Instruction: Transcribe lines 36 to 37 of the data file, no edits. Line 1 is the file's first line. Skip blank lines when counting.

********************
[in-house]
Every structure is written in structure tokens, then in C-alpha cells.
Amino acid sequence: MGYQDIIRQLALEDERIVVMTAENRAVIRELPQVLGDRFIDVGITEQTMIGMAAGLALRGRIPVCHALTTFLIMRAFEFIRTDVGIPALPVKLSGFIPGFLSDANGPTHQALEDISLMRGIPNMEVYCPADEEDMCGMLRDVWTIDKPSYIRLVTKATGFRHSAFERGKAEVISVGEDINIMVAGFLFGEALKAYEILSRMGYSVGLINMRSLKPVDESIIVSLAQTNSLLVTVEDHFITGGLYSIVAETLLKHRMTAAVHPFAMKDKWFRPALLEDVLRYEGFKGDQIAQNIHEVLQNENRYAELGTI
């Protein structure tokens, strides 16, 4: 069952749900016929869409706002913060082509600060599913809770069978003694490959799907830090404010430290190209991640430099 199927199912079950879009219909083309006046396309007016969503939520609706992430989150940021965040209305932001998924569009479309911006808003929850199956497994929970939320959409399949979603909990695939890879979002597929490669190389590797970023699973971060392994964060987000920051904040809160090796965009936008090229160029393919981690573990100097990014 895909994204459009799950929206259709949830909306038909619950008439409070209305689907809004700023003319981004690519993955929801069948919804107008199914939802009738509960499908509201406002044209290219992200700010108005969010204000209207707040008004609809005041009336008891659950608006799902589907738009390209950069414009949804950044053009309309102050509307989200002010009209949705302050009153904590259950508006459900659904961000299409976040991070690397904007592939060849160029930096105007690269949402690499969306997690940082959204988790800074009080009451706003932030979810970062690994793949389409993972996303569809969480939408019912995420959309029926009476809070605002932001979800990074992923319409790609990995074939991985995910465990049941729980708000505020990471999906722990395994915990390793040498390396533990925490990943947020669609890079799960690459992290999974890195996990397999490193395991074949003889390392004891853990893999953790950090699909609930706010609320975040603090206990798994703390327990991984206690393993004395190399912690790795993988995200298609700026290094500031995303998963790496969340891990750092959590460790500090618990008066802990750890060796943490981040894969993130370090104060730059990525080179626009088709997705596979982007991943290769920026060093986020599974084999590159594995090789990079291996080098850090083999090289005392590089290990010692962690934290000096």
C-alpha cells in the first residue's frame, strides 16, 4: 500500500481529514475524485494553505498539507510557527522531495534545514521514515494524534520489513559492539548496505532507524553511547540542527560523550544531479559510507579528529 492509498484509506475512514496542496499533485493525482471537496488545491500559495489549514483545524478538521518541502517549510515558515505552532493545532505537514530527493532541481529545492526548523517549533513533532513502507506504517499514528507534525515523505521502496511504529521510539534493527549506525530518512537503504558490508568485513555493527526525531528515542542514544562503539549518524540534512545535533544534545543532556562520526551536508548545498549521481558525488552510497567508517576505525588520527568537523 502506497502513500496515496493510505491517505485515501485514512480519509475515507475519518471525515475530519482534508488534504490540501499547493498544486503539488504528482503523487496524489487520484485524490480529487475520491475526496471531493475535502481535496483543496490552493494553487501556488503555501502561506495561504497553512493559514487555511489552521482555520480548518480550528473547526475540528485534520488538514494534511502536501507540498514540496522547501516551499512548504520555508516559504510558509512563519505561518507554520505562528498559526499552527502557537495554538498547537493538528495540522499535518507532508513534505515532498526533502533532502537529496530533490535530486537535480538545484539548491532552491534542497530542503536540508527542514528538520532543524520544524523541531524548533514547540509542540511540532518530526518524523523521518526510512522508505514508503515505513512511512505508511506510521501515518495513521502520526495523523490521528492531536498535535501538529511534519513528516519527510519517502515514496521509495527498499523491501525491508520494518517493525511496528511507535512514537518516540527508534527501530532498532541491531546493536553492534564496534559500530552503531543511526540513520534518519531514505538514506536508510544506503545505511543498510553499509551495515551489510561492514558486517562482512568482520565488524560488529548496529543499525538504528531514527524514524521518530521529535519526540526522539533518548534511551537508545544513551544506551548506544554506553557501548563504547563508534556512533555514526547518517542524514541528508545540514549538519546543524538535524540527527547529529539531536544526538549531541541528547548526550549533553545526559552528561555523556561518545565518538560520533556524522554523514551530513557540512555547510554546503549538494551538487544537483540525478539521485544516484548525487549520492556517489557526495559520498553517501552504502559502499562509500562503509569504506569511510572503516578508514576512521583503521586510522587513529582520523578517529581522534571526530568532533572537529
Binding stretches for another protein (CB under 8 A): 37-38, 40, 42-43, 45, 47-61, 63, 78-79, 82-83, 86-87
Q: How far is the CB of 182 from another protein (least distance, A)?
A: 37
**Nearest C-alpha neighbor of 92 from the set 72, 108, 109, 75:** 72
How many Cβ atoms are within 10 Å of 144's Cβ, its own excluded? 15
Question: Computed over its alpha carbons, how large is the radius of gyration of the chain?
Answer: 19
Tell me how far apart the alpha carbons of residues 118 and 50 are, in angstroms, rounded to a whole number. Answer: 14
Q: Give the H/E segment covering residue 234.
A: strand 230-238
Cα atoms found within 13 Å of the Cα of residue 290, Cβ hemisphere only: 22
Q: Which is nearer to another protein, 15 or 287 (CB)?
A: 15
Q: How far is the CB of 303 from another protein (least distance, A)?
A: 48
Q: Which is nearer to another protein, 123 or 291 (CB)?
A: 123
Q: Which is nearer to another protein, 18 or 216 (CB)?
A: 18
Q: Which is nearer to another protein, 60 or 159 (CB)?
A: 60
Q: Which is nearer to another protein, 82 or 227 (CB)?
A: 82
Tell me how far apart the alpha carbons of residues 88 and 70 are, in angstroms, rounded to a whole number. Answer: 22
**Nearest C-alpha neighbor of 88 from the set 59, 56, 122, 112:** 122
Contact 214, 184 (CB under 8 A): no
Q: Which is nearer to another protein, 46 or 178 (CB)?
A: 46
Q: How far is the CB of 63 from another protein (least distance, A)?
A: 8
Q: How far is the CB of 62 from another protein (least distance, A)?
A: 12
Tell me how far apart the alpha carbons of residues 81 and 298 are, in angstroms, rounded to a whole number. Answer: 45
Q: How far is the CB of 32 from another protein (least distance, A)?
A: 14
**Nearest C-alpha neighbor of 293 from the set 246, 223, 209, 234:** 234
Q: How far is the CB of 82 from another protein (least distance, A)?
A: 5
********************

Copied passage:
Q: How far is the CB of 62 from another protein (least distance, A)?
A: 12